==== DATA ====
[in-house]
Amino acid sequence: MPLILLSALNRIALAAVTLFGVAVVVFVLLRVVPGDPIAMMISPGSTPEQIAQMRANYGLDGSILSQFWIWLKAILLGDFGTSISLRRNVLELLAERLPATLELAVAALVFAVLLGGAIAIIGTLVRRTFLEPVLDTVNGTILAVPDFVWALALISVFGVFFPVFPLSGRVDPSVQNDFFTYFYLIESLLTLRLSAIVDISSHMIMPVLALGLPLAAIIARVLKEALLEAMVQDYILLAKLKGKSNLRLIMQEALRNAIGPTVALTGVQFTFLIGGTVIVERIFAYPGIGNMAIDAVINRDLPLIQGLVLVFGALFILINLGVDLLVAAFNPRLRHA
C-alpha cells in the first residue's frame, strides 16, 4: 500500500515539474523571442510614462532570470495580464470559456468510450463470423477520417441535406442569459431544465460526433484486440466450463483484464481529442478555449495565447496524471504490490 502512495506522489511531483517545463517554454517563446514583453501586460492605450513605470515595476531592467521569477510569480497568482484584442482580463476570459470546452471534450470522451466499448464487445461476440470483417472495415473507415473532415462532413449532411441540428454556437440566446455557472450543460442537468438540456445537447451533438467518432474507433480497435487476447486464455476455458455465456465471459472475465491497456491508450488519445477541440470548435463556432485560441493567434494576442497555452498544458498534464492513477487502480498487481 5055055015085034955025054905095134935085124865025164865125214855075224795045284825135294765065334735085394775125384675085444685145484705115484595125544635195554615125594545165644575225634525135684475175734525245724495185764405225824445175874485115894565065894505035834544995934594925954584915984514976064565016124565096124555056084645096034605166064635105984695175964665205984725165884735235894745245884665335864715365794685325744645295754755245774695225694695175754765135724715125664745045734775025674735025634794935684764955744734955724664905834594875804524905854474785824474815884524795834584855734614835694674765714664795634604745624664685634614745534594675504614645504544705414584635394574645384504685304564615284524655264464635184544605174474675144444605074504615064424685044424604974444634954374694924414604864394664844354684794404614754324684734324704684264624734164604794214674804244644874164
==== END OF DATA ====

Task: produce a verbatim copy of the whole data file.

[in-house]
Amino acid sequence: MPLILLSALNRIALAAVTLFGVAVVVFVLLRVVPGDPIAMMISPGSTPEQIAQMRANYGLDGSILSQFWIWLKAILLGDFGTSISLRRNVLELLAERLPATLELAVAALVFAVLLGGAIAIIGTLVRRTFLEPVLDTVNGTILAVPDFVWALALISVFGVFFPVFPLSGRVDPSVQNDFFTYFYLIESLLTLRLSAIVDISSHMIMPVLALGLPLAAIIARVLKEALLEAMVQDYILLAKLKGKSNLRLIMQEALRNAIGPTVALTGVQFTFLIGGTVIVERIFAYPGIGNMAIDAVINRDLPLIQGLVLVFGALFILINLGVDLLVAAFNPRLRHA
C-alpha cells in the first residue's frame, strides 16, 4: 500500500515539474523571442510614462532570470495580464470559456468510450463470423477520417441535406442569459431544465460526433484486440466450463483484464481529442478555449495565447496524471504490490 502512495506522489511531483517545463517554454517563446514583453501586460492605450513605470515595476531592467521569477510569480497568482484584442482580463476570459470546452471534450470522451466499448464487445461476440470483417472495415473507415473532415462532413449532411441540428454556437440566446455557472450543460442537468438540456445537447451533438467518432474507433480497435487476447486464455476455458455465456465471459472475465491497456491508450488519445477541440470548435463556432485560441493567434494576442497555452498544458498534464492513477487502480498487481 5055055015085034955025054905095134935085124865025164865125214855075224795045284825135294765065334735085394775125384675085444685145484705115484595125544635195554615125594545165644575225634525135684475175734525245724495185764405225824445175874485115894565065894505035834544995934594925954584915984514976064565016124565096124555056084645096034605166064635105984695175964665205984725165884735235894745245884665335864715365794685325744645295754755245774695225694695175754765135724715125664745045734775025674735025634794935684764955744734955724664905834594875804524905854474785824474815884524795834584855734614835694674765714664795634604745624664685634614745534594675504614645504544705414584635394574645384504685304564615284524655264464635184544605174474675144444605074504615064424685044424604974444634954374694924414604864394664844354684794404614754324684734324704684264624734164604794214674804244644874164